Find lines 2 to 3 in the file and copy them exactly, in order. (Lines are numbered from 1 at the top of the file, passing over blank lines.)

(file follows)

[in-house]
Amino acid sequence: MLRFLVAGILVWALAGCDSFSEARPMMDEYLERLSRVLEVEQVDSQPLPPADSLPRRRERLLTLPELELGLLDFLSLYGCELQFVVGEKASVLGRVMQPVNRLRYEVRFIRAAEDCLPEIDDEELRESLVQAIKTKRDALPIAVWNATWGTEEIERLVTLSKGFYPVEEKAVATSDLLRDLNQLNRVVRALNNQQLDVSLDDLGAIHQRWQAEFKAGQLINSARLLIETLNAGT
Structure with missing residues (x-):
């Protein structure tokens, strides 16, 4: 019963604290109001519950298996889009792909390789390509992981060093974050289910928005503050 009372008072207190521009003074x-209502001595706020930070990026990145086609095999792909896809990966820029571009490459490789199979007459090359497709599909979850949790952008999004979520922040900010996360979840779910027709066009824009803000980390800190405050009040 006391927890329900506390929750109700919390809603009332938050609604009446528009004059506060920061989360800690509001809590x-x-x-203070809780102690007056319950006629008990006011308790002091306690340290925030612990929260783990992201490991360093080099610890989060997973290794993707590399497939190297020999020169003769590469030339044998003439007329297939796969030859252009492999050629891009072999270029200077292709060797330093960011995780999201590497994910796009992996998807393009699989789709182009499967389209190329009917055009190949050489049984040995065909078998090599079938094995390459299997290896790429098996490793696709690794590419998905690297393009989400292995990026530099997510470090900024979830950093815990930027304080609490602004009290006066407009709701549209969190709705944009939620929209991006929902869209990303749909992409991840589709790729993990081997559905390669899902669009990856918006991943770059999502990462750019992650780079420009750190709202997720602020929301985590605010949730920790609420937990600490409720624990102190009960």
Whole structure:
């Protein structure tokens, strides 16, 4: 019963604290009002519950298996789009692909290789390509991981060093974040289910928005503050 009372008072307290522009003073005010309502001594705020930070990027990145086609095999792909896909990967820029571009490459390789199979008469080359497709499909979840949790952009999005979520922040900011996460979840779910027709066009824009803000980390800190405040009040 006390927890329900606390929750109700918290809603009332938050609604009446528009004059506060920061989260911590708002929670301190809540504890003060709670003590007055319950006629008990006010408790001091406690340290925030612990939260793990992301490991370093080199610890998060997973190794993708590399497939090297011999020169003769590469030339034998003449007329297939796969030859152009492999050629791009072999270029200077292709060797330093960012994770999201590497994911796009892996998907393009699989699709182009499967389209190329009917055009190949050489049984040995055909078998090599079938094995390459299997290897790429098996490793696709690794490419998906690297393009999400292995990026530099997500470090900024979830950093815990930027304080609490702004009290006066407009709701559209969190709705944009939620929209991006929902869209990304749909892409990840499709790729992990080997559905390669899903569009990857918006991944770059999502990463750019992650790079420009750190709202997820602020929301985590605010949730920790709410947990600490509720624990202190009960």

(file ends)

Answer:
Amino acid sequence: MLRFLVAGILVWALAGCDSFSEARPMMDEYLERLSRVLEVEQVDSQPLPPADSLPRRRERLLTLPELELGLLDFLSLYGCELQFVVGEKASVLGRVMQPVNRLRYEVRFIRAAEDCLPEIDDEELRESLVQAIKTKRDALPIAVWNATWGTEEIERLVTLSKGFYPVEEKAVATSDLLRDLNQLNRVVRALNNQQLDVSLDDLGAIHQRWQAEFKAGQLINSARLLIETLNAGT
Structure with missing residues (x-):